Obscured by the historical vision of carpal kinematics of the wrist moving through sagittal and coronal planes, exercises of this joint have primarily focused on rehabilitation in the orthogonal moments of flexion-extension and radioulnar deviation. In fact, the most common plane of wrist rotation in activities of daily living, aligning with minimal muscle force and normal carpal kinematics, is that of an oblique motion from radial extension to ulnar deviation (the dart-throwing motion [DTM]). It is suggested therefore that any training should follow this arc. This is particularly pertinent in patients with a SLL injury whereby using the DTM, the activity of the stabilising flexor carpi ulnaris (FCU) and extensor carpi radialis longus is enhanced, whilst the activity of the potentially harmful ECU is demoted.
Based primarily on injuries to the knee or shoulder joints, the types of exercises advocated in neuromuscular training include isokinetic, isometric, eccentric, co-activation and unconscious reactive muscle activation. Some examples are provided as they apply to the wrist:
2. Designed to strengthen the muscle while it is lengthening, and commonly used to relieve pain and build tendon strength in tendonopathies, a secondary benefit of eccentric exercise in rehabilitation of the wrist has been suggested to lie in the coactivation of the antagonist muscles (Leger and Milner 2001).
3. Akin to the balance plate exercises used in ankle instabilities, which have been shown to improve proprioception and co-activation around the ankle joint, Hagert (2010) suggests slow and controlled motion of a ball on a table.
4. A recent study on subjects with no wrist dysfunction, using a Powerball [R] gyroscope demonstrated a significant increase in muscle endurance, which was sustained for an extended period after not using the device (Balan and Garcia-Elias 2008). Because this device generates random, multidirectional forces, the muscles are forced to react in an unpredictable manner and the resultant unconscious reactive muscle activation would likely stimulate more efficient neuromuscular control about the wrist. The authors suggest that this device may be beneficial in those patients with hyperlaxity acquired as a result of poor neuromuscular control. They warn however that this device should be used with caution as the muscular control that is required to counteract the centrifugal forces is likely an eccentric exercise, thus predisposing the patient to a possible increase in pain and damage to the neuromuscular structures.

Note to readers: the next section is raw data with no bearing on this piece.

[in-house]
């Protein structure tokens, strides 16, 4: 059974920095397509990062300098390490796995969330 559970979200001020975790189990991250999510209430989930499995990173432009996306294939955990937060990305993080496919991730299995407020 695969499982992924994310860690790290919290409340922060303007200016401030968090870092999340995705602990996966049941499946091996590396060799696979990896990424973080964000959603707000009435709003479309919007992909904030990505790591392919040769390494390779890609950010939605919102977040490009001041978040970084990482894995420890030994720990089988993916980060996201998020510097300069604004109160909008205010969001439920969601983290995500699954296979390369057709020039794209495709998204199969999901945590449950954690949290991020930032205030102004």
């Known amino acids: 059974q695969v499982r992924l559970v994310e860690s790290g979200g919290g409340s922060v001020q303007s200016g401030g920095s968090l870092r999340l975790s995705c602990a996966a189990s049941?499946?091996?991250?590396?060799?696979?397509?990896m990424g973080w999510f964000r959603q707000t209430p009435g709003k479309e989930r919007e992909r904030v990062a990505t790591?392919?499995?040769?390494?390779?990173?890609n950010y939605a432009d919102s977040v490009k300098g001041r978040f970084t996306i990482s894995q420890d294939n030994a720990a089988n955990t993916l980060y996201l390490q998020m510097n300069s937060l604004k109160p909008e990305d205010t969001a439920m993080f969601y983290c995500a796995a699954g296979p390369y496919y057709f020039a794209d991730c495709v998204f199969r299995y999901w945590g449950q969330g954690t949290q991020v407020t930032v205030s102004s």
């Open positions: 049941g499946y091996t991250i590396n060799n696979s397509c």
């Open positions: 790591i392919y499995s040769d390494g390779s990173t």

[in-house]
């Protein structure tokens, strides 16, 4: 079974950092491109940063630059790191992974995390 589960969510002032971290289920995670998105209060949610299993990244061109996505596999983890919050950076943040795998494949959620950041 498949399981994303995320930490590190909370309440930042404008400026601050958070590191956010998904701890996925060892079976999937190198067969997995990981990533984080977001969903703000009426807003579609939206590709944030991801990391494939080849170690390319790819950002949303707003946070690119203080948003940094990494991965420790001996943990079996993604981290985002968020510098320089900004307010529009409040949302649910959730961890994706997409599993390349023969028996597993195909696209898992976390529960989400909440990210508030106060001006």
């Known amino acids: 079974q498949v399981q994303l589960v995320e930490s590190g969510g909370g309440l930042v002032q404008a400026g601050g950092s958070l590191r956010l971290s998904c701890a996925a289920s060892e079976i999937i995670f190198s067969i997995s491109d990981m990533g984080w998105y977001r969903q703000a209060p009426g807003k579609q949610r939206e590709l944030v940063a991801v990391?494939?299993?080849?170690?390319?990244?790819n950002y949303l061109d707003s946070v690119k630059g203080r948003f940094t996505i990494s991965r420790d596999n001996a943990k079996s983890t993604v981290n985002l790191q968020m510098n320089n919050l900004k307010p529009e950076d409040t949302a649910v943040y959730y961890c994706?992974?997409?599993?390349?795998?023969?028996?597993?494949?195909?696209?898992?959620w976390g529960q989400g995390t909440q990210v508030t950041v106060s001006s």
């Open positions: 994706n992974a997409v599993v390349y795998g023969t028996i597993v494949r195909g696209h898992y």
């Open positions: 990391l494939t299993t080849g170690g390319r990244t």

Hagert (2010) also proposes the use of visual infuences, cutaneous infuences and the conscious awareness of limb movement and position to complement the aforementioned techniques. Shown to enhance both sensory and motor recovery after hand injury (Altschuler and Hu 2008, Rosen and Lundborg 2005), mirror therapy creates an illusion of the damaged hand and as a consequence there has been shown to be activation of its representative areas in the cortex. In summary, this paper challenges the clinician treating the wrist to consider proprioceptive rehabilitation as an integral part of our treatment armamentarium.
Altschuler EL and Hu J (2008): Mirror therapy in a patient with a fractured wrist and no active wrist extension. Scandinavian Journal of Plastic and Reconstructive Surgery and Hand Surgery 42: 110-111.
Balan SA and Garcia-Elias M (2008): Utility of the powerball in the invigoration of the musculature of the forearm. Hand Surgery 13: 79-83.
Hagert E, Persson JKE, Werner M and Ljung B-O (2009): Evidence of wrist proprioceptive reflexes elicited after stimulation of the scapholunate interosseous ligament. Journal of Hand Surgery (American) 34: 642-651.
Leger AB and Milner TE (2001): Muscle function at the wrist after eccentric exercise. Medicine and Science in Sports and Exercise 33: 612-620.
Rosen B and Lundborg G (2005): Training with a mirror in rehabilitation of the hand. Scandinavian Journal of Plastic and Reconstructive Surgery and Hand Surgery 39: 104-108.
Routine blood results explained (2nd Edition). A. Blann, 2007 M & K Publishing, Cumbria, UK. ISBN 978-905539-38-3. Soft cover, 151 pages.
Sandra Hall, Dip Phys (Otago), PGD (Hand and Upper Limb Therapy), Registered Hand Therapist (NZAHT)